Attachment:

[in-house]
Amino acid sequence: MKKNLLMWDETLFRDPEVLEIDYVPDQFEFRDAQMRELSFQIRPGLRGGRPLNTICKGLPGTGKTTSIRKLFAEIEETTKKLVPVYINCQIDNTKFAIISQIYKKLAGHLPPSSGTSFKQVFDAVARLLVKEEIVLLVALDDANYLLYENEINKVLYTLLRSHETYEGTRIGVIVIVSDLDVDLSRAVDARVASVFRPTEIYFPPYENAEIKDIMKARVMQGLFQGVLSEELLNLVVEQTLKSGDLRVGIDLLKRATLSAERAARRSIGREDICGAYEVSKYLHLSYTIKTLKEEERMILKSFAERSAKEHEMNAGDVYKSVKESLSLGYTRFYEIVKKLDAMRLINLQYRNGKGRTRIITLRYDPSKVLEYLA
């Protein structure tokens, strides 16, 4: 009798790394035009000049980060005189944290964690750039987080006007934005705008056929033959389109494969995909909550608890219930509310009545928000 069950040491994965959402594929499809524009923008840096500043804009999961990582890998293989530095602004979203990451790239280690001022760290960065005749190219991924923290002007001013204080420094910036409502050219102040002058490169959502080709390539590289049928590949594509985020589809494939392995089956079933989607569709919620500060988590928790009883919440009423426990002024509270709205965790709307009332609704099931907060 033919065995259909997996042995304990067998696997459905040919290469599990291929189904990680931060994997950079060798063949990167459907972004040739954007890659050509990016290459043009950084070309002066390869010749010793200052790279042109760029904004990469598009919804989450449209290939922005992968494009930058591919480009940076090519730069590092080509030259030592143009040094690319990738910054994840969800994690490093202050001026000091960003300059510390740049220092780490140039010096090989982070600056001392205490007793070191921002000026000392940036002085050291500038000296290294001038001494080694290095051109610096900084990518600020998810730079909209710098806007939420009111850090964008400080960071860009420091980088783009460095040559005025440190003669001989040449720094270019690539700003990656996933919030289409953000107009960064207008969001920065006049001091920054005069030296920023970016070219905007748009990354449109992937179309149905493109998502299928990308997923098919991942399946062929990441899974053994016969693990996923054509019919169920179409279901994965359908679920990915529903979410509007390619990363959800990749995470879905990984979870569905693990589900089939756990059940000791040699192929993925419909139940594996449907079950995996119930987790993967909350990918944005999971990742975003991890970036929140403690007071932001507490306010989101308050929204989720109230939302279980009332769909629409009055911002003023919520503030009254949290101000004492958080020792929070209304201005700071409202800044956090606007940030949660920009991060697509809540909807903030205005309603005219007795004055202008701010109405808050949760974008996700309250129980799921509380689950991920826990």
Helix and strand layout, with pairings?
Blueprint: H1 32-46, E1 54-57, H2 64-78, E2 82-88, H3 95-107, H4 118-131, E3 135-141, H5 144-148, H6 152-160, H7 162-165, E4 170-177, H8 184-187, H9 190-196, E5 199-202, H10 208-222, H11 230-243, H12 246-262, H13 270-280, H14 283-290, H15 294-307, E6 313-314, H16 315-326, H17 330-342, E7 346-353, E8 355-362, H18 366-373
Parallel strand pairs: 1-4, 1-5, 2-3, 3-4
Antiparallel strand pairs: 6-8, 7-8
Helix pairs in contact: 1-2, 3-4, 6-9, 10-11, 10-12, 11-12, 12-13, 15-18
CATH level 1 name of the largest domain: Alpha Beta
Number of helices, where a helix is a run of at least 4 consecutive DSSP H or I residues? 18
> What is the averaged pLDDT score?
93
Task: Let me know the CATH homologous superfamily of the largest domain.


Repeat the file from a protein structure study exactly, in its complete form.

[in-house]
Amino acid sequence: MKKNLLMWDETLFRDPEVLEIDYVPDQFEFRDAQMRELSFQIRPGLRGGRPLNTICKGLPGTGKTTSIRKLFAEIEETTKKLVPVYINCQIDNTKFAIISQIYKKLAGHLPPSSGTSFKQVFDAVARLLVKEEIVLLVALDDANYLLYENEINKVLYTLLRSHETYEGTRIGVIVIVSDLDVDLSRAVDARVASVFRPTEIYFPPYENAEIKDIMKARVMQGLFQGVLSEELLNLVVEQTLKSGDLRVGIDLLKRATLSAERAARRSIGREDICGAYEVSKYLHLSYTIKTLKEEERMILKSFAERSAKEHEMNAGDVYKSVKESLSLGYTRFYEIVKKLDAMRLINLQYRNGKGRTRIITLRYDPSKVLEYLA
């Protein structure tokens, strides 16, 4: 009798790394035009000049980060005189944290964690750039987080006007934005705008056929033959389109494969995909909550608890219930509310009545928000 069950040491994965959402594929499809524009923008840096500043804009999961990582890998293989530095602004979203990451790239280690001022760290960065005749190219991924923290002007001013204080420094910036409502050219102040002058490169959502080709390539590289049928590949594509985020589809494939392995089956079933989607569709919620500060988590928790009883919440009423426990002024509270709205965790709307009332609704099931907060 033919065995259909997996042995304990067998696997459905040919290469599990291929189904990680931060994997950079060798063949990167459907972004040739954007890659050509990016290459043009950084070309002066390869010749010793200052790279042109760029904004990469598009919804989450449209290939922005992968494009930058591919480009940076090519730069590092080509030259030592143009040094690319990738910054994840969800994690490093202050001026000091960003300059510390740049220092780490140039010096090989982070600056001392205490007793070191921002000026000392940036002085050291500038000296290294001038001494080694290095051109610096900084990518600020998810730079909209710098806007939420009111850090964008400080960071860009420091980088783009460095040559005025440190003669001989040449720094270019690539700003990656996933919030289409953000107009960064207008969001920065006049001091920054005069030296920023970016070219905007748009990354449109992937179309149905493109998502299928990308997923098919991942399946062929990441899974053994016969693990996923054509019919169920179409279901994965359908679920990915529903979410509007390619990363959800990749995470879905990984979870569905693990589900089939756990059940000791040699192929993925419909139940594996449907079950995996119930987790993967909350990918944005999971990742975003991890970036929140403690007071932001507490306010989101308050929204989720109230939302279980009332769909629409009055911002003023919520503030009254949290101000004492958080020792929070209304201005700071409202800044956090606007940030949660920009991060697509809540909807903030205005309603005219007795004055202008701010109405808050949760974008996700309250129980799921509380689950991920826990």
Helix and strand layout, with pairings?
Blueprint: H1 32-46, E1 54-57, H2 64-78, E2 82-88, H3 95-107, H4 118-131, E3 135-141, H5 144-148, H6 152-160, H7 162-165, E4 170-177, H8 184-187, H9 190-196, E5 199-202, H10 208-222, H11 230-243, H12 246-262, H13 270-280, H14 283-290, H15 294-307, E6 313-314, H16 315-326, H17 330-342, E7 346-353, E8 355-362, H18 366-373
Parallel strand pairs: 1-4, 1-5, 2-3, 3-4
Antiparallel strand pairs: 6-8, 7-8
Helix pairs in contact: 1-2, 3-4, 6-9, 10-11, 10-12, 11-12, 12-13, 15-18
CATH level 1 name of the largest domain: Alpha Beta
Number of helices, where a helix is a run of at least 4 consecutive DSSP H or I residues? 18
> What is the averaged pLDDT score?
93
Task: Let me know the CATH homologous superfamily of the largest domain.